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Forum topic by AlbanyTim posted 06-14-2010 07:36 AM 2882 views 0 times favorited 5 replies Add to Favorites Watch
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AlbanyTim

5 posts in 2366 days


06-14-2010 07:36 AM

Topic tags/keywords: carriage doors rail stile panel question

I have a rather interesting project that I’d like to share with you in hopes of getting some helpful advice. I purchased a classic 104-year-old firehouse from the city of Chicago and am renovating it to be a video production facility (Video production is my day job). Originally the main doors for the fire engine were in the style of “carriage doors,” 2 large, swinging doors. At some point, they were replaced with a roll-up, overhead, “garage style” door, which – with its large gaps on the sides – is both energy inefficient and allows street noise to easily come in and contaminate the sound of our video shooting. So I am building new carriage doors to match the original design (I have the original architectural drawings from 1906).

I want to do it right and have some questions/concerns. I want the doors to hold up well, not sag, etc.

The doors are large – each approximately 11 feet high, by 5 feet wide. The style is classic rail and stile, panel construction. For the rails and stiles, I would like to use old wood planks that I salvaged from a barn floor in Wisconsin. They are nice and thick 2+ inches, and plenty long. They are a softer, lighter wood (perhaps White Pine?).

Two questions:
First, do you think the softer, lighter wood will be a problem for me? I realize that softer wood is not as structurally strong as hardwoods, but I feel that the much lighter weight will offset those worries. (There would be much less weight to cause any sagging issues).

Second, what is your recommendations on joining the rails to the stiles? I’ve thought about mortise and through tenons, but with my situation, I feel that two thick (3/4”?) and (long 12”?) hardwood dowels might be the best option. Also – if you agree with my plan – do you have any advice on how to drill 6” holes in the rails and in the stiles that accurately match up?

Note: I will not personally be hanging the doors. I am letting a professional handle that tricky task.

You can see a photo of the building at http://firehousestudios.com
And a picture of my design at http://firehousestudios.com/door.jpg

Thank you for any thoughts you have to offer.

-- Tim, Albany Wisconsin


5 replies so far

View Don's profile

Don

514 posts in 2535 days


#1 posted 06-14-2010 04:48 PM

I wouldn’t use dowels, it’s difficult to get them to line up correctly and they don’t provide much glueing surface. I recommend using normal style and rail cutters but with an extended tenon. Freud makes a good set http://www.ptreeusa.com/raiStile_Sets.htm and I’m sure there are many others available. I’ve done doors that big before with much heavier woods and the style and rail joint held up fine, I don’t think Pine will be a problem.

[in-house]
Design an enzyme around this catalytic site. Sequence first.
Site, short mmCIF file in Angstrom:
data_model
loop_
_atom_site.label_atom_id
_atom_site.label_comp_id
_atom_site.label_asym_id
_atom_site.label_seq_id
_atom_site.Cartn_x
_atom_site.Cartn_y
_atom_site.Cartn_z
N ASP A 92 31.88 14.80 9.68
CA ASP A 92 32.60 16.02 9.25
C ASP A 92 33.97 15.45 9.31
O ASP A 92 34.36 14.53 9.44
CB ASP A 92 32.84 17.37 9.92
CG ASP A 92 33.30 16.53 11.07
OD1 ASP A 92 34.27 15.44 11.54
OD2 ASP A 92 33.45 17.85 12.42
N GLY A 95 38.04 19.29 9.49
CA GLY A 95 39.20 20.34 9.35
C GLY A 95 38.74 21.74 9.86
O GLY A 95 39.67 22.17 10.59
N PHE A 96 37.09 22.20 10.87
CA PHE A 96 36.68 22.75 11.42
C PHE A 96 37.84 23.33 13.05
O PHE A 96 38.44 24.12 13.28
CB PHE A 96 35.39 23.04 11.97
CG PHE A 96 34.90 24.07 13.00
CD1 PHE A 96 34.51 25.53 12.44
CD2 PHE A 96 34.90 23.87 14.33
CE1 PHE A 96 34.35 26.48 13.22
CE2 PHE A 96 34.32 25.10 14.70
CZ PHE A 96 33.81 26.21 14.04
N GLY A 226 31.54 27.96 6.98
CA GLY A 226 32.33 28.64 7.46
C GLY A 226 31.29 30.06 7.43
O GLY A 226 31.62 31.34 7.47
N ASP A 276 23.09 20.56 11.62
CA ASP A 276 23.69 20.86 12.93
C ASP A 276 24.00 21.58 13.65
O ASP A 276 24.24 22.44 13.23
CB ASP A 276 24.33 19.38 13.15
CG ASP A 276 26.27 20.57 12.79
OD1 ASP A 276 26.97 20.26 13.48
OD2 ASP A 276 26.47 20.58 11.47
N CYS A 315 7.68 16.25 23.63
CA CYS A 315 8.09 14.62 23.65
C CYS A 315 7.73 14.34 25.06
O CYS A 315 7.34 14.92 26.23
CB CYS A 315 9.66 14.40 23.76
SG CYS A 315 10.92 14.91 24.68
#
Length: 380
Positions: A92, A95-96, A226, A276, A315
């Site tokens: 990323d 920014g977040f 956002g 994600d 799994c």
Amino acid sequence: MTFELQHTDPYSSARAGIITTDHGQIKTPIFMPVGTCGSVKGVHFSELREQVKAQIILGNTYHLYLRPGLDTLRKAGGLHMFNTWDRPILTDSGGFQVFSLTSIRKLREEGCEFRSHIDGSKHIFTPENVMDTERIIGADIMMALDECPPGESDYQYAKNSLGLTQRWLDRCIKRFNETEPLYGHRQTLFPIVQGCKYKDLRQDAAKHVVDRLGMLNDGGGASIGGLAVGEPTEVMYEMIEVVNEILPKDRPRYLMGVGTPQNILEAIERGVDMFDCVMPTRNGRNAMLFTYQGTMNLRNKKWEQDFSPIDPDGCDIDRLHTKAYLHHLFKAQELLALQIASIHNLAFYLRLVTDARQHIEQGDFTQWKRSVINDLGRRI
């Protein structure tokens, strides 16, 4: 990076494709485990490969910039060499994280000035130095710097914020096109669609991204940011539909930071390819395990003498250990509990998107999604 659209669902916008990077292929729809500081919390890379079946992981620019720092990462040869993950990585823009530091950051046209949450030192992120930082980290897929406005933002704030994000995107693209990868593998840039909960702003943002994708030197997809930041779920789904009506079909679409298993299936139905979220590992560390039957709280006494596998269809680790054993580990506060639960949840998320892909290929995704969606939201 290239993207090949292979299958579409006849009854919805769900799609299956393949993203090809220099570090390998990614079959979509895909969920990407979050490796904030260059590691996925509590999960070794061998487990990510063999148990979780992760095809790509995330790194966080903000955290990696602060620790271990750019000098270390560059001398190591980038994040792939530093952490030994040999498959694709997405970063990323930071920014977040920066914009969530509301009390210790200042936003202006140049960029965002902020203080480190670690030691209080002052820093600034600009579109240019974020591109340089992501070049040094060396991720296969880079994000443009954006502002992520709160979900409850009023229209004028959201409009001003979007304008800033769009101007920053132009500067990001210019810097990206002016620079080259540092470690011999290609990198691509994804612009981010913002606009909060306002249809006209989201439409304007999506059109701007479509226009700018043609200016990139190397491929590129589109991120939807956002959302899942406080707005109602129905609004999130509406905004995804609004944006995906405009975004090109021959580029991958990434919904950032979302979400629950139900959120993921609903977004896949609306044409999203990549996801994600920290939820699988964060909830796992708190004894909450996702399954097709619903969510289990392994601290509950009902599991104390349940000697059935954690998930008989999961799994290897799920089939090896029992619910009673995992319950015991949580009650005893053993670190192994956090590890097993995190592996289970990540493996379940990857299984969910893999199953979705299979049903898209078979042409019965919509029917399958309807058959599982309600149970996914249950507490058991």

-- Don - I wood work if I could. Redmond WA.

View a1Jim's profile

a1Jim

115202 posts in 3039 days


#2 posted 06-14-2010 05:03 PM

My father in law made doors and windows for over 50 years and what he would do is finger joint short pieces of wood together 10-14(“for stability and minimise wood movement) for the stiles and rails and then veneer 1/4 wood over the top and always used mortice and tenons. Dowels for even 3’ doors is a very bad idea. On extremely wide doors he would build in threaded rods across all the rails. I have built several large church doors this way and the look great and held up well or more than 10 years

-- http://artisticwoodstudio.com Custom furniture

View AlbanyTim's profile

AlbanyTim

5 posts in 2366 days


#3 posted 06-14-2010 07:20 PM

Thanks guys!

I am definitely using large rail and stile router bits and using standard techniques. Any other joinery would be in addition to that.

Jim, I’m curious why you think dowels are a very bad idea compared to mortise and tenons. It seems to me that having nice strong 3/4” dowels, 12” long, would help create a good bond and really help minimize any gravity-caused sagging (to go along with the rail and stile joinery). Also, do you happen to have any suggestions on where I could learn how to do “threaded rods across all rails”? I’m not sure how that would look/work.

-- Tim, Albany Wisconsin

View a1Jim's profile

a1Jim

115202 posts in 3039 days


#4 posted 06-14-2010 07:35 PM

Hey Tim
I didn’t think you were using dowels that large but I still know M&Ts are stronger and a time proven method.
How you have threaded rods go across the rails is that you make them in halves and router a groove for the rods on both halves and glue them together, then you drill through the stile and counter sink the nut and washer and use a plug to hide it . If you use the 1/4 veneer approach no plug is necessary.This approach of having the rails allso helps on the wood movement issue which is a big issue on large doors. I have also seen on old original fire house doors were the placed metal straps on the out side of the door to hold it together .
hope this is of some help.

-- http://artisticwoodstudio.com Custom furniture

View lilredweldingrod's profile

lilredweldingrod

2495 posts in 2569 days


#5 posted 06-14-2010 10:01 PM

Tim, have you thought about draw-bore M&T. This method makes a very tight and strong M&T joint. and it works great in cedar, so it will be fine in pine. Rand

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